I know, I know, you thought this was going to be another steamy sex-filled Dude Society article. This article however is things you should know about cooking a meal, which in turn should get the evening “cooking” for you and your lady, and allow you to utilize all that information we have been providing you these past few weeks.
I have written articles about how to pick a first date restaurant
, how to handle yourself at the bar
, and how to make a dinner date go well
. But what happens when it’s time to invite your girl over for a home cooked meal? Maybe she has done it for you and it’s your turn to reciprocate. In any event, if cooking scares you, here are a few things to remember before we dive into future articles on how to actually cook something more advanced than tomato sauce
- Figure out what you’re making ahead of time
- Read the recipes all the way through (believe me this will go a long way to making it a less stressful, chaotic situation)
- Buy the ingredients the day before
- Think through your game plan
The key to putting a meal together is that you want everything ready at roughly the same time. Have an idea how long each component of your dish is going to take, and work backwards. If the string beans are going to take 5 minutes to cook and the chicken 20 minutes, then start the string beans 15 minutes into cooking the chicken so everything is done at once.
It’s Not Rocket Science
Cooking is not a science, baking is, but not cooking. Things do not need to be measured as if you’re administering doses of heavy medication. Cooking, like what should follow after it, is about passion and creativity. If you like something, you can add a little more. If you don’t like something, leave it out. All within reason of course, but don’t obsess over what “half a medium onion” is or what a “heaping tablespoon” is. Recipes are just guidelines with a loose process to follow in combining the ingredients. Don’t believe me? Google recipes for tomato sauce and you will literally find hundreds of variations. All good, all different.
Use All Your Senses
Just as eating involves all of your senses, so does cooking. If something smells like its burning, it probably is, so turn down the heat. If something looks dry, it probably is, so add more liquid. The thing to remember is that your senses will tell you how to proceed. Just because a recipe says to “cook over medium heat until well browned, about 5 minutes”, doesn’t mean you should sit there with a stop watch while your burner is set exactly at Medium. There are too many variables. How much water is in the onion you bought? How full is the pan? What is the temperature in your kitchen? Is it humid, etc.?? Therefore, 5 minutes is a guideline and you should use your sixth and most important “sense”, common sense. Get to know when something is just brown enough, or has thickened enough and learn to control the heat on your stove.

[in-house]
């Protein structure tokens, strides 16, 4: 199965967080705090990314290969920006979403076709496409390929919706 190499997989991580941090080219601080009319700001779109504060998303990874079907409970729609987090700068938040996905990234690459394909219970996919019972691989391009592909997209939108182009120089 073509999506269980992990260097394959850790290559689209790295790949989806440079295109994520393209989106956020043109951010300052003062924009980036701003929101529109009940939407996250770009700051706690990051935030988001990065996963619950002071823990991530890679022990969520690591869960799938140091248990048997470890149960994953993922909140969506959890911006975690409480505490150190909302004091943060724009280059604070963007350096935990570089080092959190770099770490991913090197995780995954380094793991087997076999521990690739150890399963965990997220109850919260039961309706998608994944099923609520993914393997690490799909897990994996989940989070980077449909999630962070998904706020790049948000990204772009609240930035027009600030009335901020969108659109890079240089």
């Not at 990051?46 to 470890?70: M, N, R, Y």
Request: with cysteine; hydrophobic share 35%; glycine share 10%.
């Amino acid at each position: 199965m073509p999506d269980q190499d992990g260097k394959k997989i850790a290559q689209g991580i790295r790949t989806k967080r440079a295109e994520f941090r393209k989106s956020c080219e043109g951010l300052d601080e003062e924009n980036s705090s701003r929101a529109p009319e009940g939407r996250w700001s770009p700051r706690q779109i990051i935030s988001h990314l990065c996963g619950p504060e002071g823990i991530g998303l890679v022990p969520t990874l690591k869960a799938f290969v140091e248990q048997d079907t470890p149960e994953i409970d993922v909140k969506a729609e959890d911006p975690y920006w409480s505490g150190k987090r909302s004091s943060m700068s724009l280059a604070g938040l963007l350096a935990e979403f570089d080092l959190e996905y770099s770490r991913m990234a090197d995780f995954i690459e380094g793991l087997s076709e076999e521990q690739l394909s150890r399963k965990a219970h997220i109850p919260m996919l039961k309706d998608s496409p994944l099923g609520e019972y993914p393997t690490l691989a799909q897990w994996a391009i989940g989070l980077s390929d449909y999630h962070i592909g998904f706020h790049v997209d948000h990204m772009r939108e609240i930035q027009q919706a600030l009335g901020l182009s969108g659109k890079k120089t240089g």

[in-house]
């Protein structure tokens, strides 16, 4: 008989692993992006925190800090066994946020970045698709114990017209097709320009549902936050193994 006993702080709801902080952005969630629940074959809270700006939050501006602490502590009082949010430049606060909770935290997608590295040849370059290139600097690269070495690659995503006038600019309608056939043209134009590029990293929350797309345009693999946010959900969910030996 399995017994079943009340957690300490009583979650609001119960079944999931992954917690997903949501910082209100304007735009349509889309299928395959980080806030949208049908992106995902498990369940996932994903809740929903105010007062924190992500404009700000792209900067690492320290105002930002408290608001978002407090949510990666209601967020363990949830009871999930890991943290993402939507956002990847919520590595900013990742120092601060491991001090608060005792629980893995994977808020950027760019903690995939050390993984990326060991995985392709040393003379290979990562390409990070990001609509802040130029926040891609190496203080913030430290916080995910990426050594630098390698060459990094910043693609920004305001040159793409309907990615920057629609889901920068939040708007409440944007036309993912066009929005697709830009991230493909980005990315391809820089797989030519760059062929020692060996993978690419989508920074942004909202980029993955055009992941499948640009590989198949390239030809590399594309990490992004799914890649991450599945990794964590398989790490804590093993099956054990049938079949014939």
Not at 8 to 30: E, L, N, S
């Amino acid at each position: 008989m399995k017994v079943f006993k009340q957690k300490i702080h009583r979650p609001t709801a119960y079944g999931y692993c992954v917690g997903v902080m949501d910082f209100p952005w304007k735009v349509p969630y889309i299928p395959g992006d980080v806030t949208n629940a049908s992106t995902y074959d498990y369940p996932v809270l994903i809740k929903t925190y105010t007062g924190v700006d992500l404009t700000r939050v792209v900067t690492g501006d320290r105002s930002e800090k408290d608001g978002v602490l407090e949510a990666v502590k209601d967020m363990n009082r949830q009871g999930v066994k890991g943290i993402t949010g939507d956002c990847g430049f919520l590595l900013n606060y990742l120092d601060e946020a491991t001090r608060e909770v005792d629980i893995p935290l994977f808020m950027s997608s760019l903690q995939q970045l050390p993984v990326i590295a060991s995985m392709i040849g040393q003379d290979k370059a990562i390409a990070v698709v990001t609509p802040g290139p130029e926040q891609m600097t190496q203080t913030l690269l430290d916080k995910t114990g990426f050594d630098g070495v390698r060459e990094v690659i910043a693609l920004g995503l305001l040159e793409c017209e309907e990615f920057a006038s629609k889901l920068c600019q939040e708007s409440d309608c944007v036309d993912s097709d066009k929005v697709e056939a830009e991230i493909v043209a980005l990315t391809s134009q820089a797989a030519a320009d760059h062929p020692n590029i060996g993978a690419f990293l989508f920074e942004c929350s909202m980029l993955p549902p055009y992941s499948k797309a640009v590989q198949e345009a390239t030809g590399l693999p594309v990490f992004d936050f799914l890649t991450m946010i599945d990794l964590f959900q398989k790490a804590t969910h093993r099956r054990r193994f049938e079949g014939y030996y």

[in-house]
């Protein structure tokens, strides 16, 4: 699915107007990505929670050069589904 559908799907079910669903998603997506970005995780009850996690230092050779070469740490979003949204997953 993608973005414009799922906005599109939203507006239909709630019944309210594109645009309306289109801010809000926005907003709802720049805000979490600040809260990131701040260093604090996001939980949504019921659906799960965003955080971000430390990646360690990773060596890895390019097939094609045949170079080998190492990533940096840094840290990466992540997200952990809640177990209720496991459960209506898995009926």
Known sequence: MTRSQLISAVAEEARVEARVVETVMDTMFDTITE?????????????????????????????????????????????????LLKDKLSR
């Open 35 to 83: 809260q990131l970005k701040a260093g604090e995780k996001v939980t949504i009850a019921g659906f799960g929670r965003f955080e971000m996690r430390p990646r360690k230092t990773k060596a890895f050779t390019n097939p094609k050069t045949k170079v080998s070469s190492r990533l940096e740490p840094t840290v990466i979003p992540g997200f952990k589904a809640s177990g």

Tasting while you’re cooking is extremely important. It’s a learning experience as well as one of quality control. If it tastes like crap while you’re cooking it, chances are it will taste like crap when it’s on the plate. Taste things as you go along. If you added an ingredient and can’t really taste its impact on the dish, add a bit more. Maybe you like things more “lemony” than someone else, that’s ok. Likewise, when adding ingredients, add half at a time, so you can see if it’s too much.
The most important ingredient in your kitchen! Books have been written about it, it has shaped whole civilizations, entire stores are dedicated to the many varieties, the human body can’t live without it, and neither can your cooking. When something tastes, flat, bland, like dirt, etc. Add Salt. Don’t be afraid of it, as long as you follow the previous paragraph. Add it a bit at time and taste it after each addition and you will be fine. In most cases you will use more than you would expect. Starchy things like potatoes and rice can take a lot of salt to bring out their flavor. Read my article on stocking your pantry to see what kind I like.
Clean as you go
There is nothing more disappointing, or quite frankly disgusting, for you and your guest to finish a tasty meal only to look over at a kitchen that looks like an explosion occurred. You know exactly what I am talking about. The sink filled with dishes, the counter smeared with grease, dirty pots on the stove, and enough spoons, ladles, tongs, and whisks to stock a small store. It’s real easy; first get yourself some kitchen towels. I like these, they last forever and do a good job
. Use it to wipe your hands, and wipe up the counter as you cook. When you’re done using that bowl, put it right into the dishwasher. If you don’t have a dishwasher, rinse it off and put it in the drain board to dry. If you don’t have a drain board, take one of those kitchen towels, fold it in half, and put it next to the sink.
If you have planned well, you will have some down time while your onions are cooking, or your sauce is simmering, so clean up and put things away. The goal is to only have one or two pots left to clean at the end of the meal.
These 5 tips will help you become a better cook, and enjoy yourself while doing it. Cooking should be fun and rewarding, not a chore. Plus, most women will say there is nothing sexier than a guy who can cook them a good meal.